The Malta Independent 20 February 2019, Wednesday

MOAS looking to expand its remit beyond the Mediterranean - Martin Xuereb

Kevin Schembri Orland Sunday, 16 August 2015, 08:30 Last update: about 5 years ago

The Migrant Offshore Aid Station team (MOAS) is contemplating expanding its operation to other hotspots around the world.

In an interview with The Malta Independent on Sunday, MOAS Director and former AFM Brigadier Martin Xuereb said: “We are looking at where MOAS can help at sea. There are no firm operational plans, but we will let people know when we begin raising funds”. At this time he was unable to reveal any specific region they are considering.

MOAS is the first privately-funded mission to assist migrants at sea and its primary aim is to reduce the loss of life during dangerous migrant crossings from North Africa to Europe. The project was inspired by several recent catastrophes in the Mediterranean, which migrants regularly attempt to cross in unseaworthy vessels, and was established by Christopher and Regina Catrambone.

There are a number of hotspots around the world where MOAS help could be needed, outside the Mediterranean. Two such areas are south-east Asia and the Caribbean.

In the Caribbean, people from Haiti, Cuba and the Dominican Republic attempt to reach the USA by boat. In 2014 it was estimated that over 5,585 Haitians and 3,940 Cubans were intercepted by the US authorities. In addition, migrants in the region also try and make the voyage to the Bahamas.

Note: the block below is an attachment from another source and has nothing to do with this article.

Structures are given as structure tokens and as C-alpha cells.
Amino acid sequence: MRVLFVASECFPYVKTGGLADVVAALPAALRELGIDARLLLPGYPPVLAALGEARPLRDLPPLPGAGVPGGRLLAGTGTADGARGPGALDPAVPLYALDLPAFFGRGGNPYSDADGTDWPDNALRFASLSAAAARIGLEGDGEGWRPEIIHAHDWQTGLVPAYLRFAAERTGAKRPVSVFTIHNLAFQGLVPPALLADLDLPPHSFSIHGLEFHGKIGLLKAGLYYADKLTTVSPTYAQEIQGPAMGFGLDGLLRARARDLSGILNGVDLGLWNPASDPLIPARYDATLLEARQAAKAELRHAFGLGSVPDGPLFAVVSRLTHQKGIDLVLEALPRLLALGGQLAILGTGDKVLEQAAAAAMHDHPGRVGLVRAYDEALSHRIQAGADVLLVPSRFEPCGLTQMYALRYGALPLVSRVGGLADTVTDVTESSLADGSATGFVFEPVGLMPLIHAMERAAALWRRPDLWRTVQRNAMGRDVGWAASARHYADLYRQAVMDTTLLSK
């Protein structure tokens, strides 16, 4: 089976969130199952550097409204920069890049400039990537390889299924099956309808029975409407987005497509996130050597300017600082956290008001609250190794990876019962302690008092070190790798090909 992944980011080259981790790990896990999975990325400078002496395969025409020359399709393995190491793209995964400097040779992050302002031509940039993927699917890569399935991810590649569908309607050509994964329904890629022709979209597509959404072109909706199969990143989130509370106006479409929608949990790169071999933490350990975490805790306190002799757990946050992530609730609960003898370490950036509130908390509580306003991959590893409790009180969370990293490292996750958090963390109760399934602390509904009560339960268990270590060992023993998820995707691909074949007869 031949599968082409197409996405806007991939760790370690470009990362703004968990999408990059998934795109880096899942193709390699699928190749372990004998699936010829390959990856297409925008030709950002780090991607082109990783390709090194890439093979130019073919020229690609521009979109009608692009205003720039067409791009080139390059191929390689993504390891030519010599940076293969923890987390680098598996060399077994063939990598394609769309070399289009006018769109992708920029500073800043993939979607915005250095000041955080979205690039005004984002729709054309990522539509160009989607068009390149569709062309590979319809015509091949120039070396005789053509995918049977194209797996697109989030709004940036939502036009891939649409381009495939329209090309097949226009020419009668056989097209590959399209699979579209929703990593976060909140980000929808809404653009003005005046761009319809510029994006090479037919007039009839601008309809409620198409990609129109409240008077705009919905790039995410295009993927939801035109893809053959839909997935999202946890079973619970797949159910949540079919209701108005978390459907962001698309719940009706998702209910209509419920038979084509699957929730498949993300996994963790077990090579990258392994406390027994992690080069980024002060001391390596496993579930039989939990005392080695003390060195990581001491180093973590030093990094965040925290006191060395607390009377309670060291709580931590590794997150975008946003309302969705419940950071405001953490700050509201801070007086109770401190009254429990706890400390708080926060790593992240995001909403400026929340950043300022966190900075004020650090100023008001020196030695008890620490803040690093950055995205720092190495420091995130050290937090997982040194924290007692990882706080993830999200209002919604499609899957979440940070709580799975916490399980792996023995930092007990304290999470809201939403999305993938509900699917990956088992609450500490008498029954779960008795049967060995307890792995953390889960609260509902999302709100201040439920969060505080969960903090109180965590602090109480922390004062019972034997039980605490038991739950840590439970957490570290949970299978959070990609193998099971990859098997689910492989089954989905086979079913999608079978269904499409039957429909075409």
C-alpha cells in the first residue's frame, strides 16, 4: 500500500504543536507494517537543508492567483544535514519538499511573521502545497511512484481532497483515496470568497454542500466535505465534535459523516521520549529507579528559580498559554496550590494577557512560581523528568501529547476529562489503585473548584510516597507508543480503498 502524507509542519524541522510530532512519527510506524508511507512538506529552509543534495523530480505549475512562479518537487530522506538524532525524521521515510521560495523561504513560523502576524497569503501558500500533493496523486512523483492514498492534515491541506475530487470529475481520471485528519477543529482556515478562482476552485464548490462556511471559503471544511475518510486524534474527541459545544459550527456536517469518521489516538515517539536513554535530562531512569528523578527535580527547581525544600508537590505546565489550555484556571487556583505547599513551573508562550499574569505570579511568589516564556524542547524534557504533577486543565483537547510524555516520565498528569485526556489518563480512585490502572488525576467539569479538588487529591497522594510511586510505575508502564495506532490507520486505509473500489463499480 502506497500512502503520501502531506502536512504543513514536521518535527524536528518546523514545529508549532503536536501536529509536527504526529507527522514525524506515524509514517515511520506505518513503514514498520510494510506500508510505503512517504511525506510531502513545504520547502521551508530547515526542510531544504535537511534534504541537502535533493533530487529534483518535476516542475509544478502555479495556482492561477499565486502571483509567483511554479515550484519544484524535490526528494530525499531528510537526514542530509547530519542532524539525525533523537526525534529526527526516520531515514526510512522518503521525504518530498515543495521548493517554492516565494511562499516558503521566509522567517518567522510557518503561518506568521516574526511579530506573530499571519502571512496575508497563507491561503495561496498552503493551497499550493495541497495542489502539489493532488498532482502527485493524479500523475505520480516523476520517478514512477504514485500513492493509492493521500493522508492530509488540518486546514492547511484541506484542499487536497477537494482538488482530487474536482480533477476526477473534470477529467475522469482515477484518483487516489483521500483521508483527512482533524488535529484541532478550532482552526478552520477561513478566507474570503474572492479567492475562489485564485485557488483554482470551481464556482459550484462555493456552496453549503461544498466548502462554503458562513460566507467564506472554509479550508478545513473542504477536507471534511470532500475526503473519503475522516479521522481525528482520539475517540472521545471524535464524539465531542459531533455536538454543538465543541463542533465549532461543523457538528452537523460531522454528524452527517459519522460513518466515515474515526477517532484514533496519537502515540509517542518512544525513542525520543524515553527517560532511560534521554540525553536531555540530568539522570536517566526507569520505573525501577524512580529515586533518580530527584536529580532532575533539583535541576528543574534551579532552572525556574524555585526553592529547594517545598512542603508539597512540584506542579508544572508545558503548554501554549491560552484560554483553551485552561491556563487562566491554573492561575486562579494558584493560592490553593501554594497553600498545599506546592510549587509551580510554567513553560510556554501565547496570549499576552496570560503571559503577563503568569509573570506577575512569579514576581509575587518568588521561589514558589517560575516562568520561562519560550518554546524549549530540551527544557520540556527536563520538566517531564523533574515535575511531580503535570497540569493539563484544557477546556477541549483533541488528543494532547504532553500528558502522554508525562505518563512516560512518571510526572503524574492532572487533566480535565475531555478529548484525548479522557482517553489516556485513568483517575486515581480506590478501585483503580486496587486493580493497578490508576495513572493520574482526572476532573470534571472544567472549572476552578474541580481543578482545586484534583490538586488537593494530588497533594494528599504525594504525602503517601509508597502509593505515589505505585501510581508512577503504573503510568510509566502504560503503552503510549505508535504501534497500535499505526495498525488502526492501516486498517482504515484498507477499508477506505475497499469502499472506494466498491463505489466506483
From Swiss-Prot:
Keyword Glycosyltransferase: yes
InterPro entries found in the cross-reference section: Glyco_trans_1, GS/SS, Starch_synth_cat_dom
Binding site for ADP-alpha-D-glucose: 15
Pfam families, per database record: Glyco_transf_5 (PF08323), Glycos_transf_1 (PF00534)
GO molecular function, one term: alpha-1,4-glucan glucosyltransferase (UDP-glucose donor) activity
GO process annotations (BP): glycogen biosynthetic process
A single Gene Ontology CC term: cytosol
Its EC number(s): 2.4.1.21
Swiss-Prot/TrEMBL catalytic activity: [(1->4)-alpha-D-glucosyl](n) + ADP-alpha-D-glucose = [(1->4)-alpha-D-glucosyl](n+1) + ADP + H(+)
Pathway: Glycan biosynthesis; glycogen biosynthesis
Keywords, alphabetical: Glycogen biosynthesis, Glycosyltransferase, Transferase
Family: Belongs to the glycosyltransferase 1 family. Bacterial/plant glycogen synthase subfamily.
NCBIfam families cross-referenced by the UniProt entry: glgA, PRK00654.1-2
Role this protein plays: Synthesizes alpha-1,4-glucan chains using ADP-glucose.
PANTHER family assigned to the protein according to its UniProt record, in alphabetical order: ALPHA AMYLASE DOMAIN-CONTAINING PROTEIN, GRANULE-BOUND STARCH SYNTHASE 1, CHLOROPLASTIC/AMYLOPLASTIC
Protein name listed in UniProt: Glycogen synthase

In south-east Asia, migrants are mostly members of the Rohingya ethnic group, from Rakhine State. They are denied freedom to travel, citizenship and access to education in Myanmar. People from Bangladesh also flee due to poverty.

The region has seen countries such as Malaysia deny access on occasions, resulting in ships carrying migrants being stranded at sea without food or water, with tragic consequences. In May, it was estimated that around 6,000 migrants were stranded in the Straits of Malacca, near Malaysia.

Brigadier Xuereb recently went on-board MOAS’s rescue boat the Phoenix in the Mediterranean and shared his first-hand experience with this newsroom.

Read the full interview in tomorrow’s edition of The Malta Independent.

 

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